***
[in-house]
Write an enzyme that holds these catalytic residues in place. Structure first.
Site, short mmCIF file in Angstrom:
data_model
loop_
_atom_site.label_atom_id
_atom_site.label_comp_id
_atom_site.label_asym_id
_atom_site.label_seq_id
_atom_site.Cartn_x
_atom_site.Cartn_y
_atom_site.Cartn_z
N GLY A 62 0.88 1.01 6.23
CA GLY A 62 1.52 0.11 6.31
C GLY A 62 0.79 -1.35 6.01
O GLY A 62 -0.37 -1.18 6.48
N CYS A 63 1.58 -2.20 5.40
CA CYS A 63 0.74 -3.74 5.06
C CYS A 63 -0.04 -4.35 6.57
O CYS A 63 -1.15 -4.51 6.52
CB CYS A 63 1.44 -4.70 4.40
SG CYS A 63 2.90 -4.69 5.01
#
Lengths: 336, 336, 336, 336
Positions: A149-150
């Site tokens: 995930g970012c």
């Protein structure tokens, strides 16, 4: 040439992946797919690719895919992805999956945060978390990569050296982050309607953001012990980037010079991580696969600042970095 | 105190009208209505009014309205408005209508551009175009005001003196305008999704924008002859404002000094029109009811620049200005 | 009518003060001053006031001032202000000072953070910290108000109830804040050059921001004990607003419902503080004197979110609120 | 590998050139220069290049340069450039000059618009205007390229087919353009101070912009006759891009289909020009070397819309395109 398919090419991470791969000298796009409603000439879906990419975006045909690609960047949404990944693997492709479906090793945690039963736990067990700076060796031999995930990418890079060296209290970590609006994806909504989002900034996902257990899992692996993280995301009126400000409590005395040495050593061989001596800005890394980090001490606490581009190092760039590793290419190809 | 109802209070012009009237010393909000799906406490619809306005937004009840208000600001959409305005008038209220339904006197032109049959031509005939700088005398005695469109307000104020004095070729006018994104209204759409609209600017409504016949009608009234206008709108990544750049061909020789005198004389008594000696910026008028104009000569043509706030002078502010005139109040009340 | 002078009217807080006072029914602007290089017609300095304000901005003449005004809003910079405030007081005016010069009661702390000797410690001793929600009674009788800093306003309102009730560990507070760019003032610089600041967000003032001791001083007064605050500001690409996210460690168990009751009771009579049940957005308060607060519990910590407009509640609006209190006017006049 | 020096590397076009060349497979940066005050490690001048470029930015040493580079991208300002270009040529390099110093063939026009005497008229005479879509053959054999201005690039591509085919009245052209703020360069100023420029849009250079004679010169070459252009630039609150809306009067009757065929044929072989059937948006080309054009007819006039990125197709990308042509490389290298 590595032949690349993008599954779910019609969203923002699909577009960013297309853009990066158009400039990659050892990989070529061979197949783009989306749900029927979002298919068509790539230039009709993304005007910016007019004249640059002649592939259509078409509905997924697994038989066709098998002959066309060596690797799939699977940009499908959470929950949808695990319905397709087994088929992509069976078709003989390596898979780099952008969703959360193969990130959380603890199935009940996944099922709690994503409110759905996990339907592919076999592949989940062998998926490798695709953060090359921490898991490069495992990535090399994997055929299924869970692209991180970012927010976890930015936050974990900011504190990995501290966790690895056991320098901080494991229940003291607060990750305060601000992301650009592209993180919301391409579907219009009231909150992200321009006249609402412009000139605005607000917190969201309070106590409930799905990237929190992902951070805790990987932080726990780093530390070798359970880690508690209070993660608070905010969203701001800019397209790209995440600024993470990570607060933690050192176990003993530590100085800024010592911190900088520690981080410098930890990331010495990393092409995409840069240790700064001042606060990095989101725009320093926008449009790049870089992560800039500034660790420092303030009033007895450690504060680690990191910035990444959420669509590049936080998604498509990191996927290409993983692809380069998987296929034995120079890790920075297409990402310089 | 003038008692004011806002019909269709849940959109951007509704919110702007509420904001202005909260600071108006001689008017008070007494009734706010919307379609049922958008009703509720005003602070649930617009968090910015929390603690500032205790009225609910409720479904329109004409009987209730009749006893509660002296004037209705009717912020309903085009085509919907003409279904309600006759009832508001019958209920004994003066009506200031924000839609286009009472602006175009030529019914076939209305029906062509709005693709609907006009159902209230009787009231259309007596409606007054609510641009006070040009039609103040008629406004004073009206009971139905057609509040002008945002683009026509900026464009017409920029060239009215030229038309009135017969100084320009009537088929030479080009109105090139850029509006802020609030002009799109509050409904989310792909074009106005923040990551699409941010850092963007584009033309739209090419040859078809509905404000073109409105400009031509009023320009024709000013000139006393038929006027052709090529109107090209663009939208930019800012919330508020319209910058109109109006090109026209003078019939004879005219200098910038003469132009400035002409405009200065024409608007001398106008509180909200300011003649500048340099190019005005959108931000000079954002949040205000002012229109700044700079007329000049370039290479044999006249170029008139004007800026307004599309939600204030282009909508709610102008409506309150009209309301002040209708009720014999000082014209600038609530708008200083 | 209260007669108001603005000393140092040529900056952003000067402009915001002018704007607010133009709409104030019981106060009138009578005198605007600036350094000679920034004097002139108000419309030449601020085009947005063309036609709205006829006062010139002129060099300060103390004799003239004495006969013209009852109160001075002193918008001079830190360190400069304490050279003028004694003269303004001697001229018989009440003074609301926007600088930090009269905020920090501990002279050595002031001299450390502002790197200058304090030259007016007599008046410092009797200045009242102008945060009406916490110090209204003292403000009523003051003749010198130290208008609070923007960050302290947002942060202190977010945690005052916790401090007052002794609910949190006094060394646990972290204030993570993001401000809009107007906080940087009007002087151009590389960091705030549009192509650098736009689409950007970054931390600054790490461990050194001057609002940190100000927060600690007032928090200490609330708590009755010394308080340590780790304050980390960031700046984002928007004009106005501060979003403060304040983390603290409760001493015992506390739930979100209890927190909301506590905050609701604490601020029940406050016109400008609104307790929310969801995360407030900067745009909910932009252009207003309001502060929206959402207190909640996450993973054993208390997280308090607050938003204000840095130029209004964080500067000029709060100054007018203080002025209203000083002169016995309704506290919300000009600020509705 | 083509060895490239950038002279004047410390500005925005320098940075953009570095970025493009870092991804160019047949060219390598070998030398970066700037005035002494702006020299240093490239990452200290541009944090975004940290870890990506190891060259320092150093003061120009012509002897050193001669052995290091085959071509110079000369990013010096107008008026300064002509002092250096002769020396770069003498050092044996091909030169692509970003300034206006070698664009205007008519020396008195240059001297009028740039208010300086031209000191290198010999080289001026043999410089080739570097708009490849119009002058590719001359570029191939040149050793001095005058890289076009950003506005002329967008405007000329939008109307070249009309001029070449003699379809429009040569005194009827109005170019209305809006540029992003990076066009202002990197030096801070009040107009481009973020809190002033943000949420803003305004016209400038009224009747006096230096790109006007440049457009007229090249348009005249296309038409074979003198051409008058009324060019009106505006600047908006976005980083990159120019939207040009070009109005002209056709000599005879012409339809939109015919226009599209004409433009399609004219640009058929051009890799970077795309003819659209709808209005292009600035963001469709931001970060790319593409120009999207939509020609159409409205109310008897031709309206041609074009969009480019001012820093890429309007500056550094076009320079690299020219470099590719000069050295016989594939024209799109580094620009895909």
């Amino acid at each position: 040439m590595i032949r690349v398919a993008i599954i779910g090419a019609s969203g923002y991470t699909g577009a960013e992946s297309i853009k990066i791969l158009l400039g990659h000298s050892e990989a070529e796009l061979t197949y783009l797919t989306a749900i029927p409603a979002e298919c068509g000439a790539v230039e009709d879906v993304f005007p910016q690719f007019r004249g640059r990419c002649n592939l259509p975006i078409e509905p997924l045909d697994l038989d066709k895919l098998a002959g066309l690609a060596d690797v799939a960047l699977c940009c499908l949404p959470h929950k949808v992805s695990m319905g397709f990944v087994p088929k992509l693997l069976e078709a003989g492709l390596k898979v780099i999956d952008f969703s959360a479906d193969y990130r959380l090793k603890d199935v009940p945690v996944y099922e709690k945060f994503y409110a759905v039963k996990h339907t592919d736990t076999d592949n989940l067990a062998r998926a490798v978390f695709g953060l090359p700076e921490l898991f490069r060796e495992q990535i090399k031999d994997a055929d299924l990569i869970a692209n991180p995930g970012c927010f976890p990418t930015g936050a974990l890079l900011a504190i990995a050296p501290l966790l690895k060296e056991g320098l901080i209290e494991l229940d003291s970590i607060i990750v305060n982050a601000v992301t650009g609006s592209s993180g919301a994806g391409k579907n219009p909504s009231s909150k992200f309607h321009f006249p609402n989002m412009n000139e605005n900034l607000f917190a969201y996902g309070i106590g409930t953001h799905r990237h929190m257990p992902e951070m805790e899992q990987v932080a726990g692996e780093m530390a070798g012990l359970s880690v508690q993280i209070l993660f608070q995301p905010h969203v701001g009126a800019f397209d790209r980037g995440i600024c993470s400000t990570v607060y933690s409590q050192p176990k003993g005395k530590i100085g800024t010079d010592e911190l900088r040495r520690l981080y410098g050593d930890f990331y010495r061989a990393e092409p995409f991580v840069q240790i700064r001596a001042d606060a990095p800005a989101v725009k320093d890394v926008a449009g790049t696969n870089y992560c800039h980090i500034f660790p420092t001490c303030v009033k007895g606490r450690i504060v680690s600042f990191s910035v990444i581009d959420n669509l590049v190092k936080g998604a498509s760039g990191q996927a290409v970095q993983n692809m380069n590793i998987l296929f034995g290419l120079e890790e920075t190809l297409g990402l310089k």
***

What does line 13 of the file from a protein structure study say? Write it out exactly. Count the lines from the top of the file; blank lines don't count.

N GLY A 62 0.88 1.01 6.23